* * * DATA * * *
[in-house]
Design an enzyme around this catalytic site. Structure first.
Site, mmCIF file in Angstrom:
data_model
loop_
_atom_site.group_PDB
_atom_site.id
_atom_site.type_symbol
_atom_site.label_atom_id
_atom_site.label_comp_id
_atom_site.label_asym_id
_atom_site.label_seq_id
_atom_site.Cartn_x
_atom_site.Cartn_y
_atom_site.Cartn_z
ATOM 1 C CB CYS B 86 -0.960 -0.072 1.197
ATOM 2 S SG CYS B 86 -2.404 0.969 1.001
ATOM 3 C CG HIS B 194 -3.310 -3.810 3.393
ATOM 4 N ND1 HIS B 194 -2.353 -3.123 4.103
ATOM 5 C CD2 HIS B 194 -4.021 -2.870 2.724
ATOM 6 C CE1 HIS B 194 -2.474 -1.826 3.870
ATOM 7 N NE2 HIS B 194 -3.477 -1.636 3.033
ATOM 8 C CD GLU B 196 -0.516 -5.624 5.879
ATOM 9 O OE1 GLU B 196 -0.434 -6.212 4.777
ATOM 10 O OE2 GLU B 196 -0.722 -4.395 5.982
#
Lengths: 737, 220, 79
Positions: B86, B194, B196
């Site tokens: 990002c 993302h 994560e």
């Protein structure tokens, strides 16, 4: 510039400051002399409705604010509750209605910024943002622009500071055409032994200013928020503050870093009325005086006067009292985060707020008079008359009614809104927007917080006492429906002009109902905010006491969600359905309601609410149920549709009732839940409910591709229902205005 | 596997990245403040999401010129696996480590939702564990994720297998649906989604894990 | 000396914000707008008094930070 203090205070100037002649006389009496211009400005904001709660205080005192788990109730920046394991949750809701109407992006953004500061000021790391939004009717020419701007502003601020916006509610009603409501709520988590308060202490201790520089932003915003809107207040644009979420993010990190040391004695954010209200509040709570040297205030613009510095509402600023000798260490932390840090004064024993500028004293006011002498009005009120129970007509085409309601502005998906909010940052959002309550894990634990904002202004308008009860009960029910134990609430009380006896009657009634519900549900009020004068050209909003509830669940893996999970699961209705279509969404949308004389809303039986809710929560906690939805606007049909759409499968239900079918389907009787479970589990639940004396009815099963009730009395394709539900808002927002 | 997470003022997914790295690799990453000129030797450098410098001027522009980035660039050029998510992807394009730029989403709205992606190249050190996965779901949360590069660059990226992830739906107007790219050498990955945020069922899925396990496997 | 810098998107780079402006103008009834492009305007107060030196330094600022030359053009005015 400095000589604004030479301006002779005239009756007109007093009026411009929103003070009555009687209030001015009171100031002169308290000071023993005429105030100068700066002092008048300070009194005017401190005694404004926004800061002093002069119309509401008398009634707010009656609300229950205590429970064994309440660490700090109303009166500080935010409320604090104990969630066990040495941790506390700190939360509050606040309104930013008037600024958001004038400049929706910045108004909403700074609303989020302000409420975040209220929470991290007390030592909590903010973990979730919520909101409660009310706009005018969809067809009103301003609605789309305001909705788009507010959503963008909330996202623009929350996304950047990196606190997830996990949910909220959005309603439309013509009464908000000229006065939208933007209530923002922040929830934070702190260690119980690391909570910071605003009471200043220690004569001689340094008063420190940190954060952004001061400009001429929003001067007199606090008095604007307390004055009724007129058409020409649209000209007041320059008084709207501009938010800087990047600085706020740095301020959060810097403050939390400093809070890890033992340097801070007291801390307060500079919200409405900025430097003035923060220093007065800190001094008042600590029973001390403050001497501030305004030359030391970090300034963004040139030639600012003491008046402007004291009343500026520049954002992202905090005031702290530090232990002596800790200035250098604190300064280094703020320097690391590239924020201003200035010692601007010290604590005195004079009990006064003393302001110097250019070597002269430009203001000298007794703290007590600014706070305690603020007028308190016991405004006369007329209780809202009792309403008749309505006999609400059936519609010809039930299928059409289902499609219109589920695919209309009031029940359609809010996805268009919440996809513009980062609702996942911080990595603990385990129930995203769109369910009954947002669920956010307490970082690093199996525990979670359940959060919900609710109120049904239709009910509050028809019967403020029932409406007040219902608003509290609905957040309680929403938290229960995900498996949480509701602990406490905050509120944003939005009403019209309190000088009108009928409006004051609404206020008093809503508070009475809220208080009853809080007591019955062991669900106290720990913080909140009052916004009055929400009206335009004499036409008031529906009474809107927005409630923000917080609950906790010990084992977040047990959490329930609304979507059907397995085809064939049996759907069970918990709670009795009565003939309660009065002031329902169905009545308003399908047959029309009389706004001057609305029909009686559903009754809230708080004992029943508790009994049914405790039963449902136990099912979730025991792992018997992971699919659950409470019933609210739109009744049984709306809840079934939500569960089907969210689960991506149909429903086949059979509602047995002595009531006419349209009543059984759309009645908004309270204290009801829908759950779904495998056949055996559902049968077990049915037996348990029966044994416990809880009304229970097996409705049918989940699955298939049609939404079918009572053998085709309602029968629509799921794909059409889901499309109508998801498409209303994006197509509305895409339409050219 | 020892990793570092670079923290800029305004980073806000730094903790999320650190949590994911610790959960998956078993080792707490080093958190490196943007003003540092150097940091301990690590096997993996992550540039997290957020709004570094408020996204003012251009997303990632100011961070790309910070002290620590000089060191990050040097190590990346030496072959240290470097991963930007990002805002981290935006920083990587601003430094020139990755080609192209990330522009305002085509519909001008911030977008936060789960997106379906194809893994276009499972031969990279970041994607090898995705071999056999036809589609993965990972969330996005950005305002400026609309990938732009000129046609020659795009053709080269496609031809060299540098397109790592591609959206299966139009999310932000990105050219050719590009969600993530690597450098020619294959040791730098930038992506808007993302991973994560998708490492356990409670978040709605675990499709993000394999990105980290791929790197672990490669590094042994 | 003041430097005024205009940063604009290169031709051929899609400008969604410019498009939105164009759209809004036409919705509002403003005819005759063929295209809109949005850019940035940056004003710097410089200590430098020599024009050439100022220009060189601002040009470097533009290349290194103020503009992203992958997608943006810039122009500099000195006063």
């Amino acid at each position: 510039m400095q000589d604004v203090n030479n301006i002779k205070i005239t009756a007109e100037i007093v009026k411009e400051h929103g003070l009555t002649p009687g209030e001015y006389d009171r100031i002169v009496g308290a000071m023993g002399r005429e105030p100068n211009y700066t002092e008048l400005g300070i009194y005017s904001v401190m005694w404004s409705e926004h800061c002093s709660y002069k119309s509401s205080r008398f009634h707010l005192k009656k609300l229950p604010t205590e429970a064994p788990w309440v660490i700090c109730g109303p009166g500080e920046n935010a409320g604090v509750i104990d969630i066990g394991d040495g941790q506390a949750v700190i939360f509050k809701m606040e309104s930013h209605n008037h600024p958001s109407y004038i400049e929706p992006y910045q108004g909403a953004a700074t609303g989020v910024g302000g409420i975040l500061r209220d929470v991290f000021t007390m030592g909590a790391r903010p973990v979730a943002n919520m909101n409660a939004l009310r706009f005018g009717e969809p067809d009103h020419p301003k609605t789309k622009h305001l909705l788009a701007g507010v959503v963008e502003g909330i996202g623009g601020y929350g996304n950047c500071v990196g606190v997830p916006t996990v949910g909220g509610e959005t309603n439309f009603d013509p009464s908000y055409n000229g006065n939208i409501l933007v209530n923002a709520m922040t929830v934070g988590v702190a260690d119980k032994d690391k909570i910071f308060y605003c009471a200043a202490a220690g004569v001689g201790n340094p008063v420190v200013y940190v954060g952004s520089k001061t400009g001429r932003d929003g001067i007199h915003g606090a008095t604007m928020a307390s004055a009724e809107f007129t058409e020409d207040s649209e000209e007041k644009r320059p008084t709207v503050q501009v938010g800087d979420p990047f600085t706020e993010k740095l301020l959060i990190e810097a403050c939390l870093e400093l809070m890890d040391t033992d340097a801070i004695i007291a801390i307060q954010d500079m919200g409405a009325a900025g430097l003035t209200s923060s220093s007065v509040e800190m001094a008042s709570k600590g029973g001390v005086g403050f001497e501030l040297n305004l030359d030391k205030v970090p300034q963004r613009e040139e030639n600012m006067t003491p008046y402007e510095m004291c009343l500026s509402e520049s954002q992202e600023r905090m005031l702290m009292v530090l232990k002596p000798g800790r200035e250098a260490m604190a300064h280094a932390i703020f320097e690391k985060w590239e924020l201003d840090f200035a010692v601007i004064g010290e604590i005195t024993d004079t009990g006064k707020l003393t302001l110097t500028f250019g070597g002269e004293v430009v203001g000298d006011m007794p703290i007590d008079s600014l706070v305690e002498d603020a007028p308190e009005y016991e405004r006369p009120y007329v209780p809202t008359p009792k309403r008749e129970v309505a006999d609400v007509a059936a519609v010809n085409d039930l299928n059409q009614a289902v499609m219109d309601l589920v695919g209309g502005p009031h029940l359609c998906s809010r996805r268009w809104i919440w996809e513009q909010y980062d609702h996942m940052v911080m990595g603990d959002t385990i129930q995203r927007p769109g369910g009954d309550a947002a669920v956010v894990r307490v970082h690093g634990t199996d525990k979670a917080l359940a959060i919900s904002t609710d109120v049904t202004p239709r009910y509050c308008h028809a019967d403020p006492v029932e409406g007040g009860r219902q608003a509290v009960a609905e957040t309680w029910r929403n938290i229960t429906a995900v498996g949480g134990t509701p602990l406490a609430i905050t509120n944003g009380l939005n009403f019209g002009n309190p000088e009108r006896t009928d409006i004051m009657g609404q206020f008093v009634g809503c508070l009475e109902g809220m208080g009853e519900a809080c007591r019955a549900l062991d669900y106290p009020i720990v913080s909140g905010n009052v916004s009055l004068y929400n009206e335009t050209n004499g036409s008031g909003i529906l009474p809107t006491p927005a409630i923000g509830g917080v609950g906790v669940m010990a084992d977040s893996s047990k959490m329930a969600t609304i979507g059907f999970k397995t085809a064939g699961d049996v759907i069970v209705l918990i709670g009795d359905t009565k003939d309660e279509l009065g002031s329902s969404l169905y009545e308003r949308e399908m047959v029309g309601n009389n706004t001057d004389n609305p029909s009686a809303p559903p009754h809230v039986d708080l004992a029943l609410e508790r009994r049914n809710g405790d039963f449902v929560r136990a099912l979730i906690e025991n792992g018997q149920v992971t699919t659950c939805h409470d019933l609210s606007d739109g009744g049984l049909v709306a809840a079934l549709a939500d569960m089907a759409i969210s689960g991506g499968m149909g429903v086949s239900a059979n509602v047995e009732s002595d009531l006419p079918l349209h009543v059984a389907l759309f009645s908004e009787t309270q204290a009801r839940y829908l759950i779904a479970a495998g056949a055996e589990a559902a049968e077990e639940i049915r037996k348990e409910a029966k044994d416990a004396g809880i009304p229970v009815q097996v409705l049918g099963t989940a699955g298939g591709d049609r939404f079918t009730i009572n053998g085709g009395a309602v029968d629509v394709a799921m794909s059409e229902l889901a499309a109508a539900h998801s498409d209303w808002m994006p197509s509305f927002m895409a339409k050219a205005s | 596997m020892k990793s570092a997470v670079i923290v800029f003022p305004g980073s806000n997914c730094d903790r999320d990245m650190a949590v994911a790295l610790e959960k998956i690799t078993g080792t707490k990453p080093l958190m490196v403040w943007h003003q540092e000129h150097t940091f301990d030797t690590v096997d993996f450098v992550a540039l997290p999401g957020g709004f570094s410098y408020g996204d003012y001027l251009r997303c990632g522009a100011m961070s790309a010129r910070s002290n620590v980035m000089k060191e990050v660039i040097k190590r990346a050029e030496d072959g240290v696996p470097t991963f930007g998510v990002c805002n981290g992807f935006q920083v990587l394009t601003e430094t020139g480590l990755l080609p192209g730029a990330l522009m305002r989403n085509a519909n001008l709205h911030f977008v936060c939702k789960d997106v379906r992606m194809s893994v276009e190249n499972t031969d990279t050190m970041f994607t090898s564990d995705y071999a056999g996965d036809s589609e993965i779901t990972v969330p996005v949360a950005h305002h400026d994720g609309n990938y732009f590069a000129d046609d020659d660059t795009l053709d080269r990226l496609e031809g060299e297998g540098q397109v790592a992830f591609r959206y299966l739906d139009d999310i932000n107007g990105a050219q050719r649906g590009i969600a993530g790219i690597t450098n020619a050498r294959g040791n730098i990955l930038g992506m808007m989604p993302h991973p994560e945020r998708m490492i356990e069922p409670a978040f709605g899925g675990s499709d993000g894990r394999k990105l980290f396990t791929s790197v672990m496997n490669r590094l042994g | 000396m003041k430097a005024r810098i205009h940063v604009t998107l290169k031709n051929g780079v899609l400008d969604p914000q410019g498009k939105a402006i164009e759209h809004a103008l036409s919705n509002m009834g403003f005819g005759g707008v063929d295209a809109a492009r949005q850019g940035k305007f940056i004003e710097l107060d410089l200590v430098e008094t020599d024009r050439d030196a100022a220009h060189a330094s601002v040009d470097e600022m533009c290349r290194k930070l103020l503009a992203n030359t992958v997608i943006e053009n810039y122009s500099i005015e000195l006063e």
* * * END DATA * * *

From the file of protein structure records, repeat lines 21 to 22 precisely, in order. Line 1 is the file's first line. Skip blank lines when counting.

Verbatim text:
ATOM 6 C CE1 HIS B 194 -2.474 -1.826 3.870
ATOM 7 N NE2 HIS B 194 -3.477 -1.636 3.033